Friday

14th Aug 2020

Online petitions to put EU under public scrutiny

With just weeks until to go until the EU dips its toe into the unpredictable world of participatory democracy, internet giants are warning the European Commission it had better be prepared for scrutiny by a critical and highly-wired public.

On 1 April, over 10 years since EU leaders publicly declared that they need to make the union more democratic, a system giving citizens the chance to shape European debate and potentially its legislation will go live.

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  • Anti-austerity protest - the first subject of a pan-EU petition? (Photo: CGTP-IN)

The so-called Citizens Initiative requires the European Commission to consider legislating in an area on the back of at least 1 million signatures from a minimum of seven (or one quarter) of member states.

"This new right will open a new chapter in the democratic life of the EU. Not only will it provide a direct gateway for citizens to make their voices heard in Brussels, it will also encourage real cross-border debates about EU issues," said EU commission vice-president Maros Sefcovic at a conference launching the initiative website on Thursday (26 January).

Danish Europe minister Nicolai Wammen indicated the most important aspect of the new tool will be that citizens will have the chance to "set the agenda," noting that getting a "conversation" going about an issue means already being "half way there."

With the Arab Spring showcasing the power of social networks such as Facebook to spread news and ideas, some at the conference suggested the Citizens Initiative will see the fairly disparate protests against unemployment and austerity measures in various member states become a single, widely-supported petition.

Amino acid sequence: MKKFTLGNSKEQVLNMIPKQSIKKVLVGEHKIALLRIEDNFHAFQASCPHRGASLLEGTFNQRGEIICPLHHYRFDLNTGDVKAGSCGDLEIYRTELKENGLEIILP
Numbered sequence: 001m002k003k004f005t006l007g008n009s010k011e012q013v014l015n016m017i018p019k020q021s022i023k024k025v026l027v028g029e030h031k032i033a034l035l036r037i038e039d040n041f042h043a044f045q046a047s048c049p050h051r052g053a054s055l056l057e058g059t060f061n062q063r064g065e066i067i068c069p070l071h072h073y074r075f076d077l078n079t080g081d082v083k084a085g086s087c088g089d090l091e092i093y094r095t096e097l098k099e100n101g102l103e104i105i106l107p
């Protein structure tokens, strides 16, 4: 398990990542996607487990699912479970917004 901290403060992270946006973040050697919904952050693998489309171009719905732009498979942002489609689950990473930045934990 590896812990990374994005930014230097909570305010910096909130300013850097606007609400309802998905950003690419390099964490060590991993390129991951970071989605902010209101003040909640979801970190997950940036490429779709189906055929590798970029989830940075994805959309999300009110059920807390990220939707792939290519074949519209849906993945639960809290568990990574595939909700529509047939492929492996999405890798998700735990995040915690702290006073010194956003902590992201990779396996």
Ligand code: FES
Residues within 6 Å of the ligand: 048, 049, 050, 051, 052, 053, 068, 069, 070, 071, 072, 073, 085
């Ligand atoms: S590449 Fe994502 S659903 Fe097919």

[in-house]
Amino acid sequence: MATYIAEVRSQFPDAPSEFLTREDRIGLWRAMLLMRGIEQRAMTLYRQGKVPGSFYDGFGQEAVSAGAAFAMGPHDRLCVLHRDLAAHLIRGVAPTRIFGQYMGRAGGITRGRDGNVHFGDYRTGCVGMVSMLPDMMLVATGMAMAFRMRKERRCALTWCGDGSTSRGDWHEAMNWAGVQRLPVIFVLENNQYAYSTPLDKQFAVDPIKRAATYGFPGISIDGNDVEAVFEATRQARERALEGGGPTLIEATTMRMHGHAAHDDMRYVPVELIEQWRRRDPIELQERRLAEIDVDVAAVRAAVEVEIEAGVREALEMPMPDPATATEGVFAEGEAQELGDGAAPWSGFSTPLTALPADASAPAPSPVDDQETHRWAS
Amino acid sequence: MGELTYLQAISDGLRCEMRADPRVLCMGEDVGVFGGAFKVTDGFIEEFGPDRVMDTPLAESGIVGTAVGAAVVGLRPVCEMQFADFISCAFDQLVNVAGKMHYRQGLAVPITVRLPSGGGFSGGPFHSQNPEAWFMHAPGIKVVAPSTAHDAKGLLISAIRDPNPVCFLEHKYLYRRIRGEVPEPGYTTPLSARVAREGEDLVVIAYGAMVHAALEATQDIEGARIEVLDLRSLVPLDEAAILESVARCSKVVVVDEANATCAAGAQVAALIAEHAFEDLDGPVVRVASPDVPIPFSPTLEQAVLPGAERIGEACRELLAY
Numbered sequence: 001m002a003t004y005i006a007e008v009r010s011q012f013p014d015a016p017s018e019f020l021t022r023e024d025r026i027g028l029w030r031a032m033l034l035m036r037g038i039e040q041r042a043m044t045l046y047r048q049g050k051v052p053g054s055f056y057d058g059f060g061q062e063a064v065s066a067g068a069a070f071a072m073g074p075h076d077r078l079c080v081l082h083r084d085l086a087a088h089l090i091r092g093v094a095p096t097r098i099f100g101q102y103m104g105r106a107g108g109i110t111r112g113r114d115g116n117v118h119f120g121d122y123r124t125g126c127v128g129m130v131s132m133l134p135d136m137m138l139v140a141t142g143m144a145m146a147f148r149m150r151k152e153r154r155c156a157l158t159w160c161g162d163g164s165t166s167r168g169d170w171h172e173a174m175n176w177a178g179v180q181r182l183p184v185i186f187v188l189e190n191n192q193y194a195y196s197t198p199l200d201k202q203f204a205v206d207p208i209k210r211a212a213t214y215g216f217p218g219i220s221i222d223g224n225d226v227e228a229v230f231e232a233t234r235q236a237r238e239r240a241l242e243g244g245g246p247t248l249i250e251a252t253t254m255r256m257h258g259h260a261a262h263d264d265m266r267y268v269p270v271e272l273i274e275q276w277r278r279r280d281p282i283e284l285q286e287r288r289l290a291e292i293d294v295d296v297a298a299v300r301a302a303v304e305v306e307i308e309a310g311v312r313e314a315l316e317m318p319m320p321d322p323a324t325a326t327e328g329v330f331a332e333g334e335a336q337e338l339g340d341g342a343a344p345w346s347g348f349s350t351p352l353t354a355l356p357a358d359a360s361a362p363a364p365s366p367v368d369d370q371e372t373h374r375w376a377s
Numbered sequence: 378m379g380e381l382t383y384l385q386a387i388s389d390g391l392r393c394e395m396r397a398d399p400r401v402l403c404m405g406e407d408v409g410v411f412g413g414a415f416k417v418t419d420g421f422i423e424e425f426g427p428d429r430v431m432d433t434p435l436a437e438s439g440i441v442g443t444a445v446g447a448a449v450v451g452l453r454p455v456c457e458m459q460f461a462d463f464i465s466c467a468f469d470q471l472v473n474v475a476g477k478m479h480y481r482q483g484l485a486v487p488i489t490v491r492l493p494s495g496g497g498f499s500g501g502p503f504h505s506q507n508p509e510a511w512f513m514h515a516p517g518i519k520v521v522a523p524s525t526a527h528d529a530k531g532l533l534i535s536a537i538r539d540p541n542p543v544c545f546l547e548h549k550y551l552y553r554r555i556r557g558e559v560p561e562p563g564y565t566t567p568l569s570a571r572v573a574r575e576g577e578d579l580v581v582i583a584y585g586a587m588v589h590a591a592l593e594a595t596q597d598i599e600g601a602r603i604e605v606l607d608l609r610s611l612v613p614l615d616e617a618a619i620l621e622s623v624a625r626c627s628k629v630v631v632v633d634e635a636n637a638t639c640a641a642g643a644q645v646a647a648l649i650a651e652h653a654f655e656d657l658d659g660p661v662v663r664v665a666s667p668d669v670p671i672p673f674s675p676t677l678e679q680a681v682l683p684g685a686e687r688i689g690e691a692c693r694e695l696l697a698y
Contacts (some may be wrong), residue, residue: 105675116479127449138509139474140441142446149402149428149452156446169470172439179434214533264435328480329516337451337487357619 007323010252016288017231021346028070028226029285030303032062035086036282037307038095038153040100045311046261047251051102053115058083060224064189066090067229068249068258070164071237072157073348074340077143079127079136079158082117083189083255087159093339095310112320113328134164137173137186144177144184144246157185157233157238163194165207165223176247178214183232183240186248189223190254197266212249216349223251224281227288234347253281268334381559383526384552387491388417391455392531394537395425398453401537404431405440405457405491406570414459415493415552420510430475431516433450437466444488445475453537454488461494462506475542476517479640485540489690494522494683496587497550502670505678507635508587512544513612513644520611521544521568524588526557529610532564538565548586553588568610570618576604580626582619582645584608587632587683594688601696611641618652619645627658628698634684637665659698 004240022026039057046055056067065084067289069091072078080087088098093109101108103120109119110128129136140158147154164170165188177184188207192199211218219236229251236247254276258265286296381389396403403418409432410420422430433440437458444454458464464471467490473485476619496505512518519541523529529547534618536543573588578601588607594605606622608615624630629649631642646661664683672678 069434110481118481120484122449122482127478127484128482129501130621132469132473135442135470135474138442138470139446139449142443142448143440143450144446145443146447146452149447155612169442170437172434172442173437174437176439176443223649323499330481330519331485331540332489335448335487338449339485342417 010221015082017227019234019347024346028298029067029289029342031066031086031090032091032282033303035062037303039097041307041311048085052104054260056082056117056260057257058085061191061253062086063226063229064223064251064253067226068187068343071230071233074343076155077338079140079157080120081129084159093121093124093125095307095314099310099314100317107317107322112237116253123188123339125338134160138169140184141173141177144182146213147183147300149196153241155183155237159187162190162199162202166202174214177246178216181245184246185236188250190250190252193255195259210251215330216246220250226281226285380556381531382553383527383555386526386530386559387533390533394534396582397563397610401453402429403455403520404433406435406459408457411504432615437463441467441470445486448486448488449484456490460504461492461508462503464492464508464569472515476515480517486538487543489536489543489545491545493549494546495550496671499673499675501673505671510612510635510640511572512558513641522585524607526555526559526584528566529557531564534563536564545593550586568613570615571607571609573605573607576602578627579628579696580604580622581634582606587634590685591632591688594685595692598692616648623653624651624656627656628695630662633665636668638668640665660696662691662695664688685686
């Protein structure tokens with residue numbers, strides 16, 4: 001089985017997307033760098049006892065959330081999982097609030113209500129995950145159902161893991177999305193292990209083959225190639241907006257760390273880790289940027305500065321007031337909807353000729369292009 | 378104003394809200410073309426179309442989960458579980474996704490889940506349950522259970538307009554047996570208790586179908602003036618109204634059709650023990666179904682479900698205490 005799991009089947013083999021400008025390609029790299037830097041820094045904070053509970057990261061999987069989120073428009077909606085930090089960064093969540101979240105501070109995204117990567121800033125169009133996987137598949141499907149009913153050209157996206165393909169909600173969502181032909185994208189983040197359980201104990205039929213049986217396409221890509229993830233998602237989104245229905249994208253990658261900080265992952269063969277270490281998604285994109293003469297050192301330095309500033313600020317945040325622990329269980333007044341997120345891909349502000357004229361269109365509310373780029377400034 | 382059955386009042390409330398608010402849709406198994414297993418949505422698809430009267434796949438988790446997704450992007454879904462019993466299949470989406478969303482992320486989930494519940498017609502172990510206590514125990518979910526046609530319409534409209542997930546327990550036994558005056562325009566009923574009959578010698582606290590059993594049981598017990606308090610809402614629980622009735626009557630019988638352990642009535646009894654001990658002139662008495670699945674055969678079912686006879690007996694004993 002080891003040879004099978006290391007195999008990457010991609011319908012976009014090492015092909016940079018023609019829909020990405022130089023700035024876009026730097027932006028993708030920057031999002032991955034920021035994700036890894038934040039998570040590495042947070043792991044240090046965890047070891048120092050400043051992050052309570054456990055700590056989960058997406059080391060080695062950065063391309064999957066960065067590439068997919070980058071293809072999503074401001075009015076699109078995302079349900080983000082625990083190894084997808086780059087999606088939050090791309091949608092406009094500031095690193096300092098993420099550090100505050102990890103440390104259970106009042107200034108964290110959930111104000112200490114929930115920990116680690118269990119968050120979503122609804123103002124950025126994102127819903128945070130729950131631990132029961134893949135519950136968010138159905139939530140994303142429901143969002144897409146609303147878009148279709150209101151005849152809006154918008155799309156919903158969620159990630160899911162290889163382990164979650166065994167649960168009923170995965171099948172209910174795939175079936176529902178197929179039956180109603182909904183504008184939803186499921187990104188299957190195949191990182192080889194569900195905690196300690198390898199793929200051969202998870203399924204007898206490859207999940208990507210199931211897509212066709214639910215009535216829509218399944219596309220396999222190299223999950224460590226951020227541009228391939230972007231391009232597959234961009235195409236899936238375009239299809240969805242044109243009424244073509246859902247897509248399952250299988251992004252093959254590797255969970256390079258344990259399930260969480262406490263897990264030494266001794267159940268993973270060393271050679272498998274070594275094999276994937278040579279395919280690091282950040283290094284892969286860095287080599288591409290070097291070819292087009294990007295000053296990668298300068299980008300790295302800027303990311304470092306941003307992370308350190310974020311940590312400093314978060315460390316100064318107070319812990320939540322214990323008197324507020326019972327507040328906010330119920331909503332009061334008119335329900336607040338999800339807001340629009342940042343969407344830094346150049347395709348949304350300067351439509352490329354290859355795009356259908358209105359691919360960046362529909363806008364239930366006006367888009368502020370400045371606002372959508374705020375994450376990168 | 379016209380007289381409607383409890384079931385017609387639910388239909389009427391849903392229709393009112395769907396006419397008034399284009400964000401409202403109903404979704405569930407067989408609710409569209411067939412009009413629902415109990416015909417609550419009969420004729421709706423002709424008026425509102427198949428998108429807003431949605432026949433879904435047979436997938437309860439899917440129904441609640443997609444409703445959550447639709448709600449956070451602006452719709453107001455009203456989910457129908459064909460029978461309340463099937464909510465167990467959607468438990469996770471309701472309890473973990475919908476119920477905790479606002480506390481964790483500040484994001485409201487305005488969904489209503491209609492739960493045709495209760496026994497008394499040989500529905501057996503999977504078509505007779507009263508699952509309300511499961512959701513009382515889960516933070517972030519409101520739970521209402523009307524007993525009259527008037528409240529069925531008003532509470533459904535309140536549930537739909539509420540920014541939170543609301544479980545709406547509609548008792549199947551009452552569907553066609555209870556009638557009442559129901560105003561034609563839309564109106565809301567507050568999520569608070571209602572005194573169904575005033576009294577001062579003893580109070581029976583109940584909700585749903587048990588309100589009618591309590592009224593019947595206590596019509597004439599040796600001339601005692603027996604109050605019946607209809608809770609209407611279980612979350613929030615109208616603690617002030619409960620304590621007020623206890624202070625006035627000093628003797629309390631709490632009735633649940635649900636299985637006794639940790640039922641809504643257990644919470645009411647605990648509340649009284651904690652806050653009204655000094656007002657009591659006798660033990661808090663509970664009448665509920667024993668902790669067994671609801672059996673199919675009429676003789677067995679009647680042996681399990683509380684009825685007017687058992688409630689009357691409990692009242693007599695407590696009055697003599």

For her part, Facebook's policy chief in Brussels, Erika Mann says that "humans love to have a connection and to live in a better world" and that this "all connects to the political world."

Simon Hampton, European public policy director at internet search company Google, believes it is likely to be a game-changer for the way the commission interacts with citizens. "The internet-powered citizen expects to be listened to. They want to be part of the conversation," he said. He added that the new tool "puts the commission under scrutiny too."

In a recent example in the US, the White House reconsidered a new anti-piracy law after thousands of people voiced concern about free speech on the internet and popular websites, such as Wikipedia, blacked out their homepage in protest.

Some social network sites say they will be natural allies of the European initiative.

Giuseppe de Martino, secretary general of video-sharing website Dailymotion, said his company could be a "video platform that uses images to explain the initiative."

Further down the line, successful initiatives are likely to be taken up by European political parties which will next year begin thinking about their campaigns for the 2014 European elections.

But the first few months are likely to see a period of experimentation by both sides - citizens seeing how it works and the European Commission seeing how to respond.

Critics have warned the initiative could be hijacked by one-horse issues pushed by a particular interest group.

But the commission says this will be countered by the threshold of member states and signatures required. It also has several get-out clauses - initiatives cannot be called for actions which lie "outside" its powers or which are "abusive, frivolous or vexatious." They are also prohibited from being "contrary to EU values."

The success of the EU's foray into participatory democracy is likely to depend on how fairly citizens think the commission applies these criteria.

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Hailed as the EU's first real step towards direct democracy, a right contained in the new Lisbon Treaty allowing EU citizens to ask the commission to initiate a law is shaping up to be a political and legal minefield.

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